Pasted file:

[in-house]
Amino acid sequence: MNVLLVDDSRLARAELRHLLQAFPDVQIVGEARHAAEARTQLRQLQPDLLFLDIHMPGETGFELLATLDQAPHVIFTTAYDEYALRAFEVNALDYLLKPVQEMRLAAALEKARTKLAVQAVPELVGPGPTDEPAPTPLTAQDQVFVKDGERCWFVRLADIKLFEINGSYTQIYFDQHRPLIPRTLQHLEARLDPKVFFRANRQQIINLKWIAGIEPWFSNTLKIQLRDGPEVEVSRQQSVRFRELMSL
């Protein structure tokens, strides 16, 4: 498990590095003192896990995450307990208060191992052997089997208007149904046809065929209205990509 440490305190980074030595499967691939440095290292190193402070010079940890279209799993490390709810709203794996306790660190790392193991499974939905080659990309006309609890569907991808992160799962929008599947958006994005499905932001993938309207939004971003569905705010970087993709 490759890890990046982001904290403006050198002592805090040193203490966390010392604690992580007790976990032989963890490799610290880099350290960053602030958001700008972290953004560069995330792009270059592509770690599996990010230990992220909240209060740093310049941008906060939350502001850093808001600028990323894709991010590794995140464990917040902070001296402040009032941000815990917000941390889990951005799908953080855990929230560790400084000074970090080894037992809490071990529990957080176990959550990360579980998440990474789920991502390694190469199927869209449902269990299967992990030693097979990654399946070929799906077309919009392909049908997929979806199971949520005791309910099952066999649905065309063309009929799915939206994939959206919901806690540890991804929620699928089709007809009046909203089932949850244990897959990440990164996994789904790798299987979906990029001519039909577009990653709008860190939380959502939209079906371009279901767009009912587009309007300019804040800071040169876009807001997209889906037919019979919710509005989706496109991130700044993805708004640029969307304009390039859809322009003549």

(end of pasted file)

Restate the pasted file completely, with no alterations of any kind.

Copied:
[in-house]
Amino acid sequence: MNVLLVDDSRLARAELRHLLQAFPDVQIVGEARHAAEARTQLRQLQPDLLFLDIHMPGETGFELLATLDQAPHVIFTTAYDEYALRAFEVNALDYLLKPVQEMRLAAALEKARTKLAVQAVPELVGPGPTDEPAPTPLTAQDQVFVKDGERCWFVRLADIKLFEINGSYTQIYFDQHRPLIPRTLQHLEARLDPKVFFRANRQQIINLKWIAGIEPWFSNTLKIQLRDGPEVEVSRQQSVRFRELMSL
């Protein structure tokens, strides 16, 4: 498990590095003192896990995450307990208060191992052997089997208007149904046809065929209205990509 440490305190980074030595499967691939440095290292190193402070010079940890279209799993490390709810709203794996306790660190790392193991499974939905080659990309006309609890569907991808992160799962929008599947958006994005499905932001993938309207939004971003569905705010970087993709 490759890890990046982001904290403006050198002592805090040193203490966390010392604690992580007790976990032989963890490799610290880099350290960053602030958001700008972290953004560069995330792009270059592509770690599996990010230990992220909240209060740093310049941008906060939350502001850093808001600028990323894709991010590794995140464990917040902070001296402040009032941000815990917000941390889990951005799908953080855990929230560790400084000074970090080894037992809490071990529990957080176990959550990360579980998440990474789920991502390694190469199927869209449902269990299967992990030693097979990654399946070929799906077309919009392909049908997929979806199971949520005791309910099952066999649905065309063309009929799915939206994939959206919901806690540890991804929620699928089709007809009046909203089932949850244990897959990440990164996994789904790798299987979906990029001519039909577009990653709008860190939380959502939209079906371009279901767009009912587009309007300019804040800071040169876009807001997209889906037919019979919710509005989706496109991130700044993805708004640029969307304009390039859809322009003549």